Cape app founders are trailblazers in the industry

Capetonians Ryan Marx and Jacqueline du Plessis reached nearly 200 000 downloads on their app, FOMO, in under two years. Picture: Leon Lestrade/African News Agency (ANA)

Capetonians Ryan Marx and Jacqueline du Plessis reached nearly 200 000 downloads on their app, FOMO, in under two years. Picture: Leon Lestrade/African News Agency (ANA)

Published Oct 2, 2022

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Cape developers are creating apps fit for everyday life while simultaneously making a name for themselves in the industry.

Since launching the FOMO application at the start of 2021, Cape Town co-founders Ryan Marx and Jax Du Plessis have reached nearly 200 000 downloads.

FOMO connects users with the specials at restaurants, accommodations, activities or events by using geolocation to find specials in their immediate vicinity.

The duo recently partnered with Google to allow users to book directly through the search engine’s maps, search and assistant to make it easier for users to make and manage reservations.

Marx said the partnership was a big deal for both of them.

“Through Google’s reserve application programming interface, restaurants can now accept and manage their bookings on their Google business profile,” he said.

“This streamlines the process and user journey and can only lead to more people in seats, increasing revenue for restaurants.

Du Plessis said their app’s success was centred around improving a user’s experience.

“We listen to our users and don’t get offended easily. We assess our weaknesses and play on our strengths. It’s vital to think about new additions,” she said.

“Secondly, our marketing technique is different. We use real experiences like our influencer programme to promote the app,” she added.

“We (also) have a handful of people working together to reach the same goals with the same vision, which shows in our work.”.

Marx said the app was built with a capacity to run efficiently, even with thousands of users utilising it.

“Even if it looks good and performs well with five people using it, it might start to slow down and break when you start getting more popular,” he said.

He added: “ It needs to handle huge traffic. Invest in a good server that can handle the load.”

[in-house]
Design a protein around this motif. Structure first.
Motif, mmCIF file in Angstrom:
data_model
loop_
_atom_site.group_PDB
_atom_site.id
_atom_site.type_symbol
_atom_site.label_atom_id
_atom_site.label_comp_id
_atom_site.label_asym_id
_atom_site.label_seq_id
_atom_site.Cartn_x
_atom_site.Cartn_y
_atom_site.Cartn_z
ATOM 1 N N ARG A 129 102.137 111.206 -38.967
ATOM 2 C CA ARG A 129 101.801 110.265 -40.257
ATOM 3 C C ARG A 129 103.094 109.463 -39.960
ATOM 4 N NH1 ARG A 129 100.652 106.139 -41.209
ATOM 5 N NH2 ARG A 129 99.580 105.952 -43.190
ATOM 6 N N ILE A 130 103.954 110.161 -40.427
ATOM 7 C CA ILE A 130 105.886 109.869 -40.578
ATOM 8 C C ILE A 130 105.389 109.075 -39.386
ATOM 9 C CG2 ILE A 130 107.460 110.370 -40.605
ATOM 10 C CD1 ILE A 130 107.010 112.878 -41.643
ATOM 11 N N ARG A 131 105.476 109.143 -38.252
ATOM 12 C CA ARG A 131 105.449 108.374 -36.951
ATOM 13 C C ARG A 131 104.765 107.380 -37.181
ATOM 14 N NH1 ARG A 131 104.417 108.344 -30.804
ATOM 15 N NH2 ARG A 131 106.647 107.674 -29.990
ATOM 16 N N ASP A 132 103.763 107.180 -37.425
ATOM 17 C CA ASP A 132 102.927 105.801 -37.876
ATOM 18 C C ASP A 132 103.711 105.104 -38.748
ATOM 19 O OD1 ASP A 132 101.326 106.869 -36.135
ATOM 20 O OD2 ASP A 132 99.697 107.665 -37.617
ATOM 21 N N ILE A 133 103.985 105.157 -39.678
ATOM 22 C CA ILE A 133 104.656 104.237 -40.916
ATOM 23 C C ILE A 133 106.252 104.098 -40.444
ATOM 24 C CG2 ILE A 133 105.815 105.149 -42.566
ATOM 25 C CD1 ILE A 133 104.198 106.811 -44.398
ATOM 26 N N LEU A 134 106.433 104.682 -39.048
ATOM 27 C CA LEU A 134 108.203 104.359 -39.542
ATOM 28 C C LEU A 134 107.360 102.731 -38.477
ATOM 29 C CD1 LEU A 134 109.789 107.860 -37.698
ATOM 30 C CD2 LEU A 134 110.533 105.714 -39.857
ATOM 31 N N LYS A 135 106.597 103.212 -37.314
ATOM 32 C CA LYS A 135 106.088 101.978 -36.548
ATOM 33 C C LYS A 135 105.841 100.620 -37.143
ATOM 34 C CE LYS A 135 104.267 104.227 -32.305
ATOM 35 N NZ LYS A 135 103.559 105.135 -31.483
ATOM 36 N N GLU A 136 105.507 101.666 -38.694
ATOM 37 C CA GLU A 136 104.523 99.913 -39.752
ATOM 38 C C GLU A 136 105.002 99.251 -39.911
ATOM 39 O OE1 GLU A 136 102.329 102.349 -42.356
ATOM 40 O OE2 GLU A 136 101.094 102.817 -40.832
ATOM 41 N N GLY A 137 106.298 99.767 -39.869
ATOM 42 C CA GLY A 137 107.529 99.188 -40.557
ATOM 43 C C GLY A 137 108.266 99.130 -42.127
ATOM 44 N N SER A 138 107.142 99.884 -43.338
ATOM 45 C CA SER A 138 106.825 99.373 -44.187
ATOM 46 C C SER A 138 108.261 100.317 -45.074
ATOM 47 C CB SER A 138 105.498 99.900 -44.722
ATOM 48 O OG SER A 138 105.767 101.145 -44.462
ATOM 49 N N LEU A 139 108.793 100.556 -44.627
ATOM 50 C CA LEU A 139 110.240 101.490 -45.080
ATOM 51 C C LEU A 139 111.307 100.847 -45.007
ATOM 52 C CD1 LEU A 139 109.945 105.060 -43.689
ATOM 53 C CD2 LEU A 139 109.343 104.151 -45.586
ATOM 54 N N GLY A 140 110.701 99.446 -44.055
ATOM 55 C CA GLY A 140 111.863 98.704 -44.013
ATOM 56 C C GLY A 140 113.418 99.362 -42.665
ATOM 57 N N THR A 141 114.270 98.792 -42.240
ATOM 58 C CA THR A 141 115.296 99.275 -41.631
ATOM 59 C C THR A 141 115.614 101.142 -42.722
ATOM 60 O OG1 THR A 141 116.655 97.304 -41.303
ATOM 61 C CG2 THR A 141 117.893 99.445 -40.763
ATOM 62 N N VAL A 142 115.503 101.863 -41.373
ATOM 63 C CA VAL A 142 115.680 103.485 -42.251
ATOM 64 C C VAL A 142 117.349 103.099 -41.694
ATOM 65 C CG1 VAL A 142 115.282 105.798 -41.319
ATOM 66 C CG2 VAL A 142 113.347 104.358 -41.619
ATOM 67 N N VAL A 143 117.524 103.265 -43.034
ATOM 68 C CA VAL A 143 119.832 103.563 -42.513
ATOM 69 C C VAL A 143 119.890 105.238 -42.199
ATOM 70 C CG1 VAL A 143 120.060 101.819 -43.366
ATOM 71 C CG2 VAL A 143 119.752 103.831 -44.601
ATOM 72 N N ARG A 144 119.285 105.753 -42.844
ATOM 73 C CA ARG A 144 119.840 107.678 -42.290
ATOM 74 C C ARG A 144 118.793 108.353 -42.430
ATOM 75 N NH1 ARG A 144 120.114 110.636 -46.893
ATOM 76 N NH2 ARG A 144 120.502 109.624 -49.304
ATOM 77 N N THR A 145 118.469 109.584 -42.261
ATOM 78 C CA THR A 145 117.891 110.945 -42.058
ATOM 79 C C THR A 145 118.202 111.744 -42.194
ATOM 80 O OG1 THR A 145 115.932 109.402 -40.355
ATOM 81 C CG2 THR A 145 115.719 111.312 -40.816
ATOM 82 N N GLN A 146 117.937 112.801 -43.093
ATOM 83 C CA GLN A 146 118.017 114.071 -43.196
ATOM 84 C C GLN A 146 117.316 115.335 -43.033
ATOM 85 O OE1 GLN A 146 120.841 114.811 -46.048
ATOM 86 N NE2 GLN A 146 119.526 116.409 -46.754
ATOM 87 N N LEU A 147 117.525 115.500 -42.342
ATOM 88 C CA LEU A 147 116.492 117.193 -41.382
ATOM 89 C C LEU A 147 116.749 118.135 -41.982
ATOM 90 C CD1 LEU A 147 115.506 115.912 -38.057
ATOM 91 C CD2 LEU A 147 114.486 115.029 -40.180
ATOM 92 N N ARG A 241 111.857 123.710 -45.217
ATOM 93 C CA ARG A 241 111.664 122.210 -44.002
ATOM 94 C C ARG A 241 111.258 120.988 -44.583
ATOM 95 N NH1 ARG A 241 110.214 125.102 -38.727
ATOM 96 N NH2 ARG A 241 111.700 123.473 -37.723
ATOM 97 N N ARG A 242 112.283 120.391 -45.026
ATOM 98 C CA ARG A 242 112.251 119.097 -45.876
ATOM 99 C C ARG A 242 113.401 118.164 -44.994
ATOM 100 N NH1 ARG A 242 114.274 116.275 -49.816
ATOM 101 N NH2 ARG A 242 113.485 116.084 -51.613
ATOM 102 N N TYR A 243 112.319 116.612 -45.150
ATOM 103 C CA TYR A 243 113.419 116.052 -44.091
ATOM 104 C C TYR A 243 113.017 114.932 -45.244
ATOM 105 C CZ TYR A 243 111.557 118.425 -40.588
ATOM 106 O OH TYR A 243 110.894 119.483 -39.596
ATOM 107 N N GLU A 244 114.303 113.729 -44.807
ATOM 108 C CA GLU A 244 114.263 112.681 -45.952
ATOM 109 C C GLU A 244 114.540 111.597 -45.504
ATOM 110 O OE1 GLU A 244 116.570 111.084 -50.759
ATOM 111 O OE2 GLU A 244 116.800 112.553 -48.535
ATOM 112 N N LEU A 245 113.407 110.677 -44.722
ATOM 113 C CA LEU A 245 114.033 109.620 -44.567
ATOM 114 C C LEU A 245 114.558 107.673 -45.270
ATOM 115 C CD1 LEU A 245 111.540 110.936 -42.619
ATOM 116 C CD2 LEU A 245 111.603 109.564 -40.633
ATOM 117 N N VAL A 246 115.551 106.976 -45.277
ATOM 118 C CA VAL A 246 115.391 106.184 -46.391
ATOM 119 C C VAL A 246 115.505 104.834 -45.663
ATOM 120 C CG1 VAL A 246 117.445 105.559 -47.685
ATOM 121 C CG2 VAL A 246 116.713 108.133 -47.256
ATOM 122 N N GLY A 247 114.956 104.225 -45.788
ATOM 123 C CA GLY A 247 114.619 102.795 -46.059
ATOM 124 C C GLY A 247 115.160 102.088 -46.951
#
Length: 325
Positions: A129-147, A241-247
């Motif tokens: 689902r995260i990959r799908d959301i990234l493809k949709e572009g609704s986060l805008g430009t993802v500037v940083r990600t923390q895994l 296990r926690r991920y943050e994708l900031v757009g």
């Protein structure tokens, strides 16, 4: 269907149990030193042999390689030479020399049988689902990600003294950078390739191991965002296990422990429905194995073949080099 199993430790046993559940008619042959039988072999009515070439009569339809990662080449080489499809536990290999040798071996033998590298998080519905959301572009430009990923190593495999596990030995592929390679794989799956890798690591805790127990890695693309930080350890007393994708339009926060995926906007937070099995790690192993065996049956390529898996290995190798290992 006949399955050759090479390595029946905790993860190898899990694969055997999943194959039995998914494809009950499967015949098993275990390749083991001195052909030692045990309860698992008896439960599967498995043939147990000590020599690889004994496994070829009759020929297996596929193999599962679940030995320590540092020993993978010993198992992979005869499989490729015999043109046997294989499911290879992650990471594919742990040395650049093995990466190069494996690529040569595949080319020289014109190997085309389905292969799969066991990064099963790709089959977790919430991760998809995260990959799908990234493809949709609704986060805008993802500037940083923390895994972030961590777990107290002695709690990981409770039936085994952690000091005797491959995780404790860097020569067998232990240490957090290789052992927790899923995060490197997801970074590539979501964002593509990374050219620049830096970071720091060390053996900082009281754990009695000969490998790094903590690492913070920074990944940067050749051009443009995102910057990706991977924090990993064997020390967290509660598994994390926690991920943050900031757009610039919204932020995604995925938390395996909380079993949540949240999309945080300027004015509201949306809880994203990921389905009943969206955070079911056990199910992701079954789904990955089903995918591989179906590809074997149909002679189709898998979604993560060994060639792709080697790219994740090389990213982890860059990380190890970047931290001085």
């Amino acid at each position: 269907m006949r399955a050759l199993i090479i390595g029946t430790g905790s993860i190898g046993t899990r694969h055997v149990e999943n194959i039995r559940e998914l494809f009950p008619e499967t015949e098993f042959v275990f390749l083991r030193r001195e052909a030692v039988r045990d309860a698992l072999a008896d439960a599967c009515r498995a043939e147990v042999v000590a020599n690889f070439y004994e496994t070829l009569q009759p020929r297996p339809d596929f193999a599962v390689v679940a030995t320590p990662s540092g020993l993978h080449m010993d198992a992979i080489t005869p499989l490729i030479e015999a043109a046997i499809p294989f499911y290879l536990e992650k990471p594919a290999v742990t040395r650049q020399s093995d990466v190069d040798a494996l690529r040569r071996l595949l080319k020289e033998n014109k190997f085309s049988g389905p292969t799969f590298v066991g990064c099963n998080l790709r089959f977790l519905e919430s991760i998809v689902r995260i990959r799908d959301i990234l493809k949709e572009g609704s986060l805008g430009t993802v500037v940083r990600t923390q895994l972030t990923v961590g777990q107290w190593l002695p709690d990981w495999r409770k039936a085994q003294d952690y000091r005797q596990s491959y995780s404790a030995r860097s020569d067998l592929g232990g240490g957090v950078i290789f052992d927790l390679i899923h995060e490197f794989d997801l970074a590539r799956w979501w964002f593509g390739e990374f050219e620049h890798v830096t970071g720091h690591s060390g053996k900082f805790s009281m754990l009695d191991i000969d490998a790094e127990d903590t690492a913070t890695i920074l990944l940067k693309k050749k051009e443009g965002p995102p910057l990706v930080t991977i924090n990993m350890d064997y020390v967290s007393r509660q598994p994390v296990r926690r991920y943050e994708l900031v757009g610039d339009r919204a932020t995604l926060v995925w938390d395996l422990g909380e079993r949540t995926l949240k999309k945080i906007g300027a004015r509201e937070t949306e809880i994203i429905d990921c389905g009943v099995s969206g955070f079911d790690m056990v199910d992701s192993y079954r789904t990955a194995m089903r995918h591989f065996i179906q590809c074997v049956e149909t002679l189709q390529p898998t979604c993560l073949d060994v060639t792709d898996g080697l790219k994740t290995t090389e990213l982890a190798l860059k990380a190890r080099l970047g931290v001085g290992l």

In future, the pair is looking at launching a loyalty programme because - who doesn’t like being rewarded for their devotion to a brand?

“We want to reward customers who frequent their favourite restaurants as well as move into a more customer-centric experience,” said Du Plessis.

“We want to include the digitisation of restaurant menus and ordering and paying inside the restaurant all through the app. So watch this space.”

Another Cape rising star making the most of applications is the founder and CEO of the RushTush brand, Rushda Moosajee, who launched her fitness application RushTushFit two years ago.

Rushda Moosajee is the CEO and founder of RushTush and was recently part of the Real Housewives of Cape Town franchise. SUPPLIED

As a qualified personal trainer, Moosajee created an application to help women train through every stage of their life.

RushTushFit was recently featured under Africa Month on the Apple app store.

Moosajee said the feature was a recognition of hard work for all who had contributed to creating the application.

“I built a household name for RushTush through my ebooks, workout programmes and YouTube. The next step was to encompass my teachings in an app that was dedicated to the brand,” she said.

“I believe it is successful because my workouts are creative, and they speak to women. Each user has access to a structured programme. It’s not just a bunch of random populated exercises making up random workouts.

“The app is easy to navigate because I wanted it to be fuss-free. Making things easier for the user means longevity.”

Her advice to anyone creating an application is to save up, prioritise marketing and be passionate about it.

“It’s important to have a huge buffer of funds and a cash projection post-launch. You need to do what it takes for the app to be known, and you are going to need real love and devotion,” she said.

“Become familiar with outsourcing. Creating an app costs a lot more than you think it does.”

In future, she plans to incorporate more challenges into the app.

“This will be a once-off in-app purchase for an intensive six-week course designed by me to give you a taste of the workouts on the app,” she said.

Top South African apps for you to download

EskomSePush is a free load shedding app that sends push notifications with updates on the current stage of load shedding. Users can view the load shedding schedule for their region on the app for up to a week at a time.

SweepSouth is a cleaning service which connects you with a cleaner within minutes. The app allows you to book, reschedule and choose your rate before matching you with a Sweep Star (cleaner).

Waze is South Africa’s map application, but smarter. The app shows live traffic updates, alerts users of the speed limit in an area and alerts you of accidents or roadblocks causing delays on the road ahead.

Hello South Africa is an application that promotes multilingualism. The application translates everyday phrases into all 11 official languages of the country.

SnapScan allows you to make purchases by scanning a QR code at a restaurant. The application keeps track of all your transactions and is a viable payment method at more than 30 000 merchants in South Africa. Using SnapScan means no need to carry cash or a wallet.

22Seven is a budgeting app that helps users track expenses effortlessly. One can connect the app to your accounts and cards to avoid manually entering each item of expenditure. The application creates a budget for you, with advice on how to stick to it, and it activates spending alerts when you’re close to reaching your budget.

Weekend Argus

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